In the past, we’ve had several posts talking about the importance of building relationships and business.
While this is a crucial part of the therapeutic relationship with our patients, it’s just as important in our communication and in building our practice with other practitioners.
However, not everyone sees this or treats it with the importance they should.
With this post, I’ll go into why it’s important and two different circumstances where this has made a massive difference in my life, and in my practice. If spending time building relationships with patients and other practitioners aren’t something you’ve been focusing on, I suggest you start.
Here are two examples where this has helped me in the past two years.
Back in 2009, it was my third term of massage therapy college.
I knew from the start, I wanted to work with athletes and teams. I was fortunate enough to have a friend from my hometown playing for our local Junior A hockey team, so I asked if they had a Massage Therapist working with them. They didn’t, so he helped get me in touch with their head trainer, and my start in hockey as a therapist began.
The first game I was introduced to the team chiropractor, he instantly started getting players to get treatment from me. I was astounded at how supportive the medical staff was.
For the next seven years, that chiropractor and I worked together on the team. Once I was certified and in practice, we referred patients back and forth. A year or two into my career, I looked at the schedule and half of the people booked in with me one week were referrals he had sent.
There are patients who I’ve been seeing for the past seven years of my career (obviously only when they need it, not weekly or anything) because they were referred from that chiropractor.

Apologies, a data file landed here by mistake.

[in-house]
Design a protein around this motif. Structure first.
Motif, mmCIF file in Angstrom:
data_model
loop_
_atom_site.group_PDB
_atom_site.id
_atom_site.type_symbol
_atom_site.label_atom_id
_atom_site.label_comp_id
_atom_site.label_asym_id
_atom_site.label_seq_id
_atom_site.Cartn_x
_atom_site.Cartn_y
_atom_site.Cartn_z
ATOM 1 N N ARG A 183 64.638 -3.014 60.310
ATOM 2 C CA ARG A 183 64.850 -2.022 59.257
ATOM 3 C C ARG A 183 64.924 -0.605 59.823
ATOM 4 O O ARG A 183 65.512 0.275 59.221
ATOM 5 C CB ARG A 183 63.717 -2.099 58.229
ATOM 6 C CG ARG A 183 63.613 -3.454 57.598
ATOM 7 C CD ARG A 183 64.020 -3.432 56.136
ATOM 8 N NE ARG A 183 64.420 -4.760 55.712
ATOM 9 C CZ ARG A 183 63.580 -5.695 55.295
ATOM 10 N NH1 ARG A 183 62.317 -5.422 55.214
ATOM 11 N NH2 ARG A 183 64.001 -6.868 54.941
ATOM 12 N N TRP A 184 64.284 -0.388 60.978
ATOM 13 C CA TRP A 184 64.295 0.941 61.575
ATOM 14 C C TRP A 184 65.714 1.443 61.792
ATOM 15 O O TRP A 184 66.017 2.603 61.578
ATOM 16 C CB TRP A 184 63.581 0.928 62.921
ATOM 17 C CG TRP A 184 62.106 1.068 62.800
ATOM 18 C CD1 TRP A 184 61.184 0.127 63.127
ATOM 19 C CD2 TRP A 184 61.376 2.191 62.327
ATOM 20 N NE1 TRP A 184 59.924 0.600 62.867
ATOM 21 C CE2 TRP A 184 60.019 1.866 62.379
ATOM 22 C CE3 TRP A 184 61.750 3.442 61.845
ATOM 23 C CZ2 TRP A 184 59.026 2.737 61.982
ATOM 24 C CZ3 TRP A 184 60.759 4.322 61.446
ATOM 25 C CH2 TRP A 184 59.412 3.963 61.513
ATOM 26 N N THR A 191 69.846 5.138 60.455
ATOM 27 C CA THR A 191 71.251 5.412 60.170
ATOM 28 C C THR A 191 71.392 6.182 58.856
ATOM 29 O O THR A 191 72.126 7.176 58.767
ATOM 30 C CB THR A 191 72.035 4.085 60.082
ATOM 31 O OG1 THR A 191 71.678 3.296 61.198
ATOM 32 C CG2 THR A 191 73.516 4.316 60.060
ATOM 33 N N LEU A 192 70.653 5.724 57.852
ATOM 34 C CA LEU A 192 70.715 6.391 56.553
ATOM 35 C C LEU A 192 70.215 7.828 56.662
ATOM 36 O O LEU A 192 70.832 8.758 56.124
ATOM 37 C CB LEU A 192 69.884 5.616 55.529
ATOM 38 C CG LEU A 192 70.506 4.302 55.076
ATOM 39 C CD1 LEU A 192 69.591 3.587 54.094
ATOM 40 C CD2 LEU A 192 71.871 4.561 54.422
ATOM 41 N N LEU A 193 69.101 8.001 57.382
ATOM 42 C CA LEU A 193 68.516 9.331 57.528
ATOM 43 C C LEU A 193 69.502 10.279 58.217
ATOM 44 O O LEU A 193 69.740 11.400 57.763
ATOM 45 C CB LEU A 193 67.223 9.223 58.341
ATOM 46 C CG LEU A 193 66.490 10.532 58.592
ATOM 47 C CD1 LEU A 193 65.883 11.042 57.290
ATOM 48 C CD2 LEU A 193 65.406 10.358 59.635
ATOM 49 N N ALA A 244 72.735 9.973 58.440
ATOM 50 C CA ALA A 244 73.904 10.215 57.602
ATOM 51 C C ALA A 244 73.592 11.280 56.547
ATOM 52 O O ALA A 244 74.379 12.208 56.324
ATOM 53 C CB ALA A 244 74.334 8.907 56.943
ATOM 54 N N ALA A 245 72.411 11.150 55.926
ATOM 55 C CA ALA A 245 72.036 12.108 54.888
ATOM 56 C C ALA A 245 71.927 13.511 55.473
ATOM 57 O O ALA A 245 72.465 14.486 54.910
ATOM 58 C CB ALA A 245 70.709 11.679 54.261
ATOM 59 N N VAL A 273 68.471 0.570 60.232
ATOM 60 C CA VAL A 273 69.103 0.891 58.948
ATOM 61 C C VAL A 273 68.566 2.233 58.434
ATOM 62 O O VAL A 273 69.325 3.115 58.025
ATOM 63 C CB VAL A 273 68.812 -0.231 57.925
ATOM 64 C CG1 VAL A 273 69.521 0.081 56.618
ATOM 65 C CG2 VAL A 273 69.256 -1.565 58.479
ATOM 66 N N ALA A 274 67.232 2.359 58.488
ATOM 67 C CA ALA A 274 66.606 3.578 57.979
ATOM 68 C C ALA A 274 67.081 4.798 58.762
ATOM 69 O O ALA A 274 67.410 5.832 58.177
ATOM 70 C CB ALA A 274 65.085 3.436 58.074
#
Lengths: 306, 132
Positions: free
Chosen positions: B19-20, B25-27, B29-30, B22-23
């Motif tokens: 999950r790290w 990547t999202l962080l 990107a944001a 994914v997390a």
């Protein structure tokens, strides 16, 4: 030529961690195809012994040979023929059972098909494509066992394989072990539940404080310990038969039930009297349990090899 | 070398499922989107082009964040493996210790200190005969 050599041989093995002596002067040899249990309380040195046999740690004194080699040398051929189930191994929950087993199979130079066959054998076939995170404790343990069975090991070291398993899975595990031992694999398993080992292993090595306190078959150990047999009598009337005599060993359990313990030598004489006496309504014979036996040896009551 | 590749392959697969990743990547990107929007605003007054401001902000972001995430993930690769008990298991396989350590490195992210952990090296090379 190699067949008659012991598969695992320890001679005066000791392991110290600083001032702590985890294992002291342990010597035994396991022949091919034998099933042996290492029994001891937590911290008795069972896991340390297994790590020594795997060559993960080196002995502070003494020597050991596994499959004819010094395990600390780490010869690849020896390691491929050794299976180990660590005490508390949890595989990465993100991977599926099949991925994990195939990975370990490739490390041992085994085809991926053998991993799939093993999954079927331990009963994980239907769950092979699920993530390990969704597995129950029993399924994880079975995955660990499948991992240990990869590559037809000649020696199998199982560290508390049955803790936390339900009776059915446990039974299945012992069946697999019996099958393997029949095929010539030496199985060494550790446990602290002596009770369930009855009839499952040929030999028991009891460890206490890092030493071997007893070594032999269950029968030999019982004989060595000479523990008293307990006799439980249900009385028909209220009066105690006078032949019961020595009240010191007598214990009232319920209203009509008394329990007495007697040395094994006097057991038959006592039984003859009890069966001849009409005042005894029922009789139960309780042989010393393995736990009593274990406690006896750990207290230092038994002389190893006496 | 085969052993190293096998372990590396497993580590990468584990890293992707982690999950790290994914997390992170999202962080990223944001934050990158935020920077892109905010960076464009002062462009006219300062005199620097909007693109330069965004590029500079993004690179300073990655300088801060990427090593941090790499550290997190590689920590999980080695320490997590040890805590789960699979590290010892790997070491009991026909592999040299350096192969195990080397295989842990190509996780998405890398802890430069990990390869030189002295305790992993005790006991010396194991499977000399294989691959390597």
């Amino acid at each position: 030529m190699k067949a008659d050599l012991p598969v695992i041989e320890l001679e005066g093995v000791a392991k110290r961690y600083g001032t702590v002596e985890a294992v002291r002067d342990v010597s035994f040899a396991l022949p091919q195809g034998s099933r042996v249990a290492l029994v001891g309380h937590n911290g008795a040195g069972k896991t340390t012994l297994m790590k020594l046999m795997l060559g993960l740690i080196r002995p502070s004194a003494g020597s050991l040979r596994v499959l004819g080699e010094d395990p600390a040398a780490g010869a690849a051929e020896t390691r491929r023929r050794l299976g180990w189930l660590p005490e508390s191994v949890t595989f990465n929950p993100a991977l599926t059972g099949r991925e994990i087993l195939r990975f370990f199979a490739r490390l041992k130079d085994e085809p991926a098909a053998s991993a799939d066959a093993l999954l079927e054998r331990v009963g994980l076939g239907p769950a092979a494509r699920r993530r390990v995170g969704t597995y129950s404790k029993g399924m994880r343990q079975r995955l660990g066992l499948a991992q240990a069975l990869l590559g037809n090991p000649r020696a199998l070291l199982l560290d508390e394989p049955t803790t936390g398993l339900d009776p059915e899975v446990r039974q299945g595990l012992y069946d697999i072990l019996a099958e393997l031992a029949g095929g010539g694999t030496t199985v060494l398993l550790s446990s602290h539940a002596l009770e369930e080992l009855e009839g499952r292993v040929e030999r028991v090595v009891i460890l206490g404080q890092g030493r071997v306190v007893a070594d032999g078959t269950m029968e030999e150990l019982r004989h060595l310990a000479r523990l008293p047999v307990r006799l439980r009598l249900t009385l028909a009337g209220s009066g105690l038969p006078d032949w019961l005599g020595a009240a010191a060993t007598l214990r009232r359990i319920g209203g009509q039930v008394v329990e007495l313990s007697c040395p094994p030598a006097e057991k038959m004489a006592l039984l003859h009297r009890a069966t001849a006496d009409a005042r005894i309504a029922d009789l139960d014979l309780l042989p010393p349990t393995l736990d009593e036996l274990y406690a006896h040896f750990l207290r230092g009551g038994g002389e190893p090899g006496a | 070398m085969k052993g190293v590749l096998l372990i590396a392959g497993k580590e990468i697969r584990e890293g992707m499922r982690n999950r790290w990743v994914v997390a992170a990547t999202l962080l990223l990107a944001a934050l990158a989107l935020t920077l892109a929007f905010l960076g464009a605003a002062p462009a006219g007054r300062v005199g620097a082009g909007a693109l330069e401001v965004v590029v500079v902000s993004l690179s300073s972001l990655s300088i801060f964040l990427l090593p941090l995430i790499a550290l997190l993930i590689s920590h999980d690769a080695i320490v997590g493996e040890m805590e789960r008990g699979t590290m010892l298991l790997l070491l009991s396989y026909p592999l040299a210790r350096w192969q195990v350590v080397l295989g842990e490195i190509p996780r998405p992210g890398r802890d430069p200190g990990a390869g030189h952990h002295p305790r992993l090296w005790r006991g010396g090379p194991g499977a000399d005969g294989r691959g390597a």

About three years ago, he referred another patient to me, and the relationship building with that patient started. He spoke fondly of our chiropractor friend every time he came in. As our relationship built, I mentioned how I was a volunteer firefighter and hoped to get a career job one day. He immediately told me about one of his best friends who worked at one of the fire departments in town (and it was the department I really wanted).
Skip ahead a year and that department started a hiring process.
My patient got a hold of his buddy and said: “you gotta help this guy, he’ll fit in perfectly.”
Then the text messages started. His buddy was giving me advice on what to study, how to get ready, exactly what steps to take. As the hiring process unfolded, he texted me every step of the way with advice on what to do. The advice was invaluable and helped me with the process in ways I can’t even explain.
AND I HAD NEVER MET THE GUY! However, based on his friend’s recommendation, he was willing to help!
After volunteering for 16 years, applying to several departments, spending thousands of dollars on hiring processes, this past June, I was the first person hired off the hiring list and started a career that I worked so hard to get.
None of that wouldn’t have happened if nine years ago, I hadn’t started building a relationship with my chiropractor buddy, or with the patient he referred.
Back in 2005 a good friend and I invested in a franchise business for repairing dental equipment.
Whenever people bought a franchise, they would have to go down to Oregon to receive training on how to repair the dental equipment and learn the business etc. The man who owned the parent company would always have the new franchisees attend a two-day workshop that was basically a self-improvement kind of thing.